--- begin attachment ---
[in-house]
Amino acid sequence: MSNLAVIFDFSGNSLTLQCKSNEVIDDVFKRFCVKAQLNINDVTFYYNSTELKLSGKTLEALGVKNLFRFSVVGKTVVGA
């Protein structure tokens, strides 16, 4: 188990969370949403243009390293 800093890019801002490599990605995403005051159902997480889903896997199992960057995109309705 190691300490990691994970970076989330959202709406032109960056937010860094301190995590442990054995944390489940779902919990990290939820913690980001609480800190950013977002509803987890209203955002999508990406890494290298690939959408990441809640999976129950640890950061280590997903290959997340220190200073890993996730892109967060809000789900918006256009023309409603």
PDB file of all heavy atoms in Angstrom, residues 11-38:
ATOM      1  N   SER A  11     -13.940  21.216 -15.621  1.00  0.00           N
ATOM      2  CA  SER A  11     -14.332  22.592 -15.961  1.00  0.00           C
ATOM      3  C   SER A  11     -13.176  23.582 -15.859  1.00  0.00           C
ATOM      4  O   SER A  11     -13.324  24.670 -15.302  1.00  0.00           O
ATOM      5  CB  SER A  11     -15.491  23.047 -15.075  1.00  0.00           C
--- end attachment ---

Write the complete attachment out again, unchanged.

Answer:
[in-house]
Amino acid sequence: MSNLAVIFDFSGNSLTLQCKSNEVIDDVFKRFCVKAQLNINDVTFYYNSTELKLSGKTLEALGVKNLFRFSVVGKTVVGA
């Protein structure tokens, strides 16, 4: 188990969370949403243009390293 800093890019801002490599990605995403005051159902997480889903896997199992960057995109309705 190691300490990691994970970076989330959202709406032109960056937010860094301190995590442990054995944390489940779902919990990290939820913690980001609480800190950013977002509803987890209203955002999508990406890494290298690939959408990441809640999976129950640890950061280590997903290959997340220190200073890993996730892109967060809000789900918006256009023309409603």
PDB file of all heavy atoms in Angstrom, residues 11-38:
ATOM      1  N   SER A  11     -13.940  21.216 -15.621  1.00  0.00           N
ATOM      2  CA  SER A  11     -14.332  22.592 -15.961  1.00  0.00           C
ATOM      3  C   SER A  11     -13.176  23.582 -15.859  1.00  0.00           C
ATOM      4  O   SER A  11     -13.324  24.670 -15.302  1.00  0.00           O
ATOM      5  CB  SER A  11     -15.491  23.047 -15.075  1.00  0.00           C